The return of a king : the battle for Afghanistan, 1839-42

by William Dalrymple

Paper Book, 2014




New York : Vintage Books, a division of Random House LLC, 2014.


Examines the mid-19th-century Afghan war as a tragic result of neocolonial ambition, cultural collision and hubris, drawing on previously untapped primary sources to explore such topics as the reestablishment of a puppet-leader Shah, the conflict's brutal human toll and the similarities between the war and present-day challenges.

User reviews

LibraryThing member pbjwelch
Good story, but this book dragged for me...I had to really work at finishing it--a new experience for me as I have enjoyed all of the author's previous works (and even made a special trip to central India to visit some of the sites of White Rajah. Maybe it was the long quotes from original material; it was undoubtedly exciting for Dalrymple to find them, but I felt they weighed down the storyline and flow.

For this reason, I would recommend reading the last chapter first, where Dalrymple puts the story in context and explains the work and research that resulted in the book. Had I done so, I believe I would have been more appreciative of the long quoted passages and detail.

Nevertheless, if you're a Great Game historian, or a historical wars buff, you will want to read this work that fills in the Afghan side of the British-Afghan 19C wars with all their appalling atrocities, horrors and arrogant behaviour (witnessed and suffered by both parties).
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LibraryThing member Hiensch
Fascinating first and last parts of this book. Middle section, though, is a little wordy and long-winding. Very much worth to read, but story could have been told in 100 pages less!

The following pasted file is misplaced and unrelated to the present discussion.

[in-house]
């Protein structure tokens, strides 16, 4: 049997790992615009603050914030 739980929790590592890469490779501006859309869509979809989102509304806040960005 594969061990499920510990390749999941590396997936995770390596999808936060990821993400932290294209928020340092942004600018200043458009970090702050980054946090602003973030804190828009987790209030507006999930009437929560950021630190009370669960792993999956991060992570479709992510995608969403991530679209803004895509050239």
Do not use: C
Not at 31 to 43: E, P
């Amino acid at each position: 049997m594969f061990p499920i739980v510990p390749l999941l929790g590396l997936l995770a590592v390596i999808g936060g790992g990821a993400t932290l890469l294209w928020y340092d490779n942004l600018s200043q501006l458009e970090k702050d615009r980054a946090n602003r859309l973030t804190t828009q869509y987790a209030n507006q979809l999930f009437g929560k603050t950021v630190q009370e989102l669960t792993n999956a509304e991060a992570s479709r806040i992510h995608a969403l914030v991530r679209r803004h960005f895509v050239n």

LibraryThing member busterrll
Great book As is often the case, it could have used more maps.
One wonders, do any politicians read ?
LibraryThing member cbl_tn
While there are other histories of the First Anglo-Afghan War, Dalrymple is apparently the first historian to use Afghan sources in his research. The result is a balanced account of the war and the decades leading up to it from both the English and the Afghan perspective. It's a tragic story from either perspective, and it didn't need to happen. Dalrymple's analysis of the many failures of leadership will make this of interest to students of leadership and management as well as military historians and readers with an interest in colonialism and the history of the British Empire. Potential readers shouldn't be discouraged by its heft. It's not dry like some histories, and it reads quickly for a book of its size.

I was particularly taken with Lady Sale, the wife of Sir Robert “Fighting Bob” Sale. While “Fighting Bob” and those under his command were under siege in Jalalabad, Lady Sale and other British dependents were in Kabul and left in the disastrous winter retreat. Lady Sale was among those taken hostage by Akbar Khan. She had as much, if not more fortitude than the British officers among the hostages, and contributed to their escape from captivity. Dalrymple quotes extensively from her published journal account of the events of 1841-42, and it piqued my interest in reading the whole thing. Project Gutenberg has a free electronic version of Lady Sale's journal that now resides in my reader app.
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LibraryThing member BrianHostad
Great read, well paced and interesting on the first Afghan war. Dalyrymple deals well with inevitable large cast of characters, none of whom I'd heard of before. It gives a great feel for the tribal and proudly independent nature of Afghanistan with lots of obvious parallels with its' more recent history.
LibraryThing member oparaxenos
Before picking up this book, I had heard a lot about William Dalrymple, but I did not realise just how good an author he is. This is a book about an extremely interesting subject, but what is striking is how Dalrymple made it so eminently readable. I would pick up the book and start reading, and before I knew it 40 pages would have gone by. The author is clearly in command of his material, and he writes in a balanced and perceptive way. The story has striking parallels to the unfortunate experience of the NATO forces in Afghanistan in the past 10 years. I strongly recommend this to anyone with an interest in history.… (more)